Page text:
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Real Estate
July 19, 2007

Local firms taking bigger slice
Vietnam's high-end residential and commercial property developments that were once the exclusive domain of multinational developers are now witnessing the increasing emergence of local firms that are claiming a larger stake in one of the world's fastest growing markets.

Armed with a thorough understanding of the needs of domestic consumers and a real estate environment that is now awash with the cash of speculators looking to hedge their investments from Vietnam's two securities exchanges, home grown firms are now poised more than ever before to make their mark on the industry.

Explaining the change in the tide, former Deputy Minister of Natural Resources and Environment Dang Hung Vo said, "Although the stock market remains attractive, its volatility has encouraged investors to redirect their capital back into real estate."

The former deputy minister also attributed the change partly to the growing demand for housing and office space in Vietnam's major cities as rapid urbanisation takes hold across the country.

Binh Minh Import-Export Production and Trade (Bitexco) were the first to make a splash in the industry with a US$125 million, 60-storey Financial Tower, it opened in the heart of Ho Chi Minh City in 2005.

The tower was regarded as a major signal that for the first time domestic companies that had shied away from direct competition with developers from abroad, were now able to compete both professionally and financially with multi-national players.

While HCM City is the country's economic hub and consistently records the highest economic growth rate of any municipality in Asia's second fastest economy, the capital of Hanoi has not been left behind as its own real estate market continues to boom.

Ruby Plaza, one of Vietnam's largest trade centres, wrapped up construction on what is now considered a typical example of a multi-million dollar real estate projects invested in and built entirely by a domestic company.

Developer, Phat Dat followed Ruby Plaza's lead by deciding to pour VND1 trillion (US$62.5 million) into The EverRich, a 25 floor, 300 apartment, high-rise building project that also houses five upscale retail floors. EverRich is slated for completion by May of 2009.

Vincom Joint Stock Company which owns one of Hanoi's first commercial office blocks, the Vincom Towers, has also announced plans to roll out a VND300 million office and residential complex in HCM City's District 1.

"We prepared for this project around three years ago and are very eager with this property to dive head first into what is an enormously lucrative market," said company board chairman Le Khac Hiep.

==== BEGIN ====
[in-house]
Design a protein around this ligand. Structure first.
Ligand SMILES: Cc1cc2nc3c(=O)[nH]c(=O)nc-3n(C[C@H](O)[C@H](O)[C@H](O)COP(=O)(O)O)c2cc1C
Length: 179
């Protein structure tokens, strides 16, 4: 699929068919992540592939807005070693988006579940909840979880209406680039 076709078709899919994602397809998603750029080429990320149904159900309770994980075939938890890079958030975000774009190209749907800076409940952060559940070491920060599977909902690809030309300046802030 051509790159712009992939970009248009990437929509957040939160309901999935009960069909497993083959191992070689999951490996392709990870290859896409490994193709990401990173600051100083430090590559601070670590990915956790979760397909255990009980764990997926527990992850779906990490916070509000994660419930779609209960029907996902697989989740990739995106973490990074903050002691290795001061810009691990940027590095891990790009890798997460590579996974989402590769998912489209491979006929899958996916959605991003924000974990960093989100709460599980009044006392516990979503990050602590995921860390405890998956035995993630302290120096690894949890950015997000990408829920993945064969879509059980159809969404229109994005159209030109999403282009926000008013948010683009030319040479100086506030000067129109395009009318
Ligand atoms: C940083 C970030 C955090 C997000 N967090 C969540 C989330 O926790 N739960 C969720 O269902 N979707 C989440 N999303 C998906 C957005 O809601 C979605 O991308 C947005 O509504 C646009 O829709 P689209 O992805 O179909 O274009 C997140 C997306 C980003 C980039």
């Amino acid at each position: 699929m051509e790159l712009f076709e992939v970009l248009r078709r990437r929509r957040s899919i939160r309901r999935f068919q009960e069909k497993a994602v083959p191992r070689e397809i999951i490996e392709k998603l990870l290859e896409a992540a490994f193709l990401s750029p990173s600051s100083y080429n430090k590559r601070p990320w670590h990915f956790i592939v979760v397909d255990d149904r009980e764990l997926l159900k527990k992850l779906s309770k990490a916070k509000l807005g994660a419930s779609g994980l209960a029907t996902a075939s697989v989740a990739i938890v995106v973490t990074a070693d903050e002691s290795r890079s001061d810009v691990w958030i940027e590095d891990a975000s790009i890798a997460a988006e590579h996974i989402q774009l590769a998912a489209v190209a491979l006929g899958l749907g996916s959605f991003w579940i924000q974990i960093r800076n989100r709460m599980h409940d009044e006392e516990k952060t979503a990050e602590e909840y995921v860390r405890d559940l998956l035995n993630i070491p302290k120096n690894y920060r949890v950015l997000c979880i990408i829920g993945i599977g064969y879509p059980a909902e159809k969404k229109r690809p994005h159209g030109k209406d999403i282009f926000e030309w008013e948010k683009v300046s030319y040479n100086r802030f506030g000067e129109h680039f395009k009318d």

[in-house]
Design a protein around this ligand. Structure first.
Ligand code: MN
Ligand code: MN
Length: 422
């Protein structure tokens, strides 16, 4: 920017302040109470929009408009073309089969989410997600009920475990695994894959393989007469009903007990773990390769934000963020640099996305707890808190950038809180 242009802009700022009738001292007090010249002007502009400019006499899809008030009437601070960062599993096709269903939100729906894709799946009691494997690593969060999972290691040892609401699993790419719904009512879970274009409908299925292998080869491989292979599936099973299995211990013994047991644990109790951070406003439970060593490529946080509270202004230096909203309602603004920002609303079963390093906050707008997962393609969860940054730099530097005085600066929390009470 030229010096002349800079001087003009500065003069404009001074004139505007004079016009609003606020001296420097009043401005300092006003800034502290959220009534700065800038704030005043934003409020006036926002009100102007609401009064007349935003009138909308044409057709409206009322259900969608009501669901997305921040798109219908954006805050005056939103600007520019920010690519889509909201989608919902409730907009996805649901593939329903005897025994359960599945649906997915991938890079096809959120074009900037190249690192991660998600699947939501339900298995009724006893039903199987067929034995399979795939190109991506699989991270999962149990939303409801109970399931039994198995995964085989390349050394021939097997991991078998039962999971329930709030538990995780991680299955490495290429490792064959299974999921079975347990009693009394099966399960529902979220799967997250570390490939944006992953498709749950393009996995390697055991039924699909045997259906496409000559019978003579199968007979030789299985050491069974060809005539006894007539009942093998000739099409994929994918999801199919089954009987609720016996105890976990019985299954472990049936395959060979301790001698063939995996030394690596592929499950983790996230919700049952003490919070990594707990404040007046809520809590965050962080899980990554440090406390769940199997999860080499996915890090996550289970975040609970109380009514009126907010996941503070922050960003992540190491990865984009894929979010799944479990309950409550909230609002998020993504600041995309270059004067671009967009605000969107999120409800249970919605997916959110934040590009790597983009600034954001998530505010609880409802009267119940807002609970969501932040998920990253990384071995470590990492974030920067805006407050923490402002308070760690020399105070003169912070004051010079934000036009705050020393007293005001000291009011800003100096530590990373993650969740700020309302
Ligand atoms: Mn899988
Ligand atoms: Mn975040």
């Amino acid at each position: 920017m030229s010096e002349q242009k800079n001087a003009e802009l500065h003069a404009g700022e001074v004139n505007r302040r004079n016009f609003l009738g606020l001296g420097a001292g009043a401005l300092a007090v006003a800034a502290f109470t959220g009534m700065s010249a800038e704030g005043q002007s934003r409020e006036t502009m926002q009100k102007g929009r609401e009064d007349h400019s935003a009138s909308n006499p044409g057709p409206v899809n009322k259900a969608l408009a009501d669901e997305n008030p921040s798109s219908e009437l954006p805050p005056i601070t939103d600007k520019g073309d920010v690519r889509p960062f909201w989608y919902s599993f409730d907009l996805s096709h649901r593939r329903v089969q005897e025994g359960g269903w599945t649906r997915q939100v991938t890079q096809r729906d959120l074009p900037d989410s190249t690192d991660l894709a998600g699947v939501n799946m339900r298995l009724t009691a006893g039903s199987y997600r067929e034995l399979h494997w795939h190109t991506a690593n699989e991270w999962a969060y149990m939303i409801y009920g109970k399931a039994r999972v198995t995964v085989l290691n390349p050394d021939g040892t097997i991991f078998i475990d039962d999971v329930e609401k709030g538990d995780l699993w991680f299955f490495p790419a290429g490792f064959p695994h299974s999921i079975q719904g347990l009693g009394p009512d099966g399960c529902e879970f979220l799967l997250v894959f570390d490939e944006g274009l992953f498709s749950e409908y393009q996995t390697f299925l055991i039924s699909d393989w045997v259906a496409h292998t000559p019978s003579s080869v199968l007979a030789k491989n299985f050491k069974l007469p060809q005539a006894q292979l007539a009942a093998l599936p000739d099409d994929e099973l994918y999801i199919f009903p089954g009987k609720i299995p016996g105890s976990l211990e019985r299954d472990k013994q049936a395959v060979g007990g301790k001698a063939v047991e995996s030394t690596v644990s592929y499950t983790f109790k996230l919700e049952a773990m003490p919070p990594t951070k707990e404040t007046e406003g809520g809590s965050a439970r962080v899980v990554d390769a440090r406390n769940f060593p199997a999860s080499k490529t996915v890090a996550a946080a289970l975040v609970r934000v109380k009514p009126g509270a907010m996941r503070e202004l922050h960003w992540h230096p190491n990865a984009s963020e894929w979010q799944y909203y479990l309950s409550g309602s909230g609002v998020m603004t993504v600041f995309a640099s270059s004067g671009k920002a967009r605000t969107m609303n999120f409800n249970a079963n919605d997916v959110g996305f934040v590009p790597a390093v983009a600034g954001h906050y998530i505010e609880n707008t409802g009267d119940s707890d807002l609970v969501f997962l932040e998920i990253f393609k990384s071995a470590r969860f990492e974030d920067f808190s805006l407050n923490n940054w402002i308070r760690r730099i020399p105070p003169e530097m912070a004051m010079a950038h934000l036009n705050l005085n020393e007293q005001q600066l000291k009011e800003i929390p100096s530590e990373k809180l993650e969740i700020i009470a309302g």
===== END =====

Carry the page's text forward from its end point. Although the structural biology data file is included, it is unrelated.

Construction will begin in the fourth quarter of this year and be completed by 2009. However, Vincom has made it clear that the company is not about to rest on its laurels with more projects on the way.

The Hanoi-based developer hopes to build a strong market presence that will enable the company to remain competitive when real estate prices begin to cool.

Vietnam is now home to close to 20,000 domestic property businesses, with most being relatively small in scale. However, analysts have pointed to the increased attention that the industry is drawing from State-owned banks that are armed with large amounts of capital as a core driver behind record breaking property prices.

The Bank for Investment and Development of Vietnam (BIDV), the Bank for Foreign Trade of Vietnam (Vietcombank), and the Saigon Trading Corporation (Satra) have been among the first of these to jump into the fray.

Just last month, BIDV announced that Singaporean firm DP Architects had won the design bid for its VND1.8 trillion (US$112.5 million) corporate headquarters in HCM City. The bank plans to quickly follow on from the HCM City tower with other commercial buildings in the country's other major municipalities .

As prices continue to surge unabated and local firms flood the market, pundits have gone on record as saying that, over the next decade, Vietnamese companies will not only remain competitive with foreign firms but supplant them as the dominant force in property development in the Southeast Asian country.

"Vietnamese companies have Vietnamese staff who understand Vietnamese traditions, habits and tastes. This helps us cut to the quick and slash waste which in turn helps us reduce our costs that get passed on to both investors and customers," said Ngo Duy Thai, managing director of the Nam Nguyen Real Estate Development and Consulting Company. VNA

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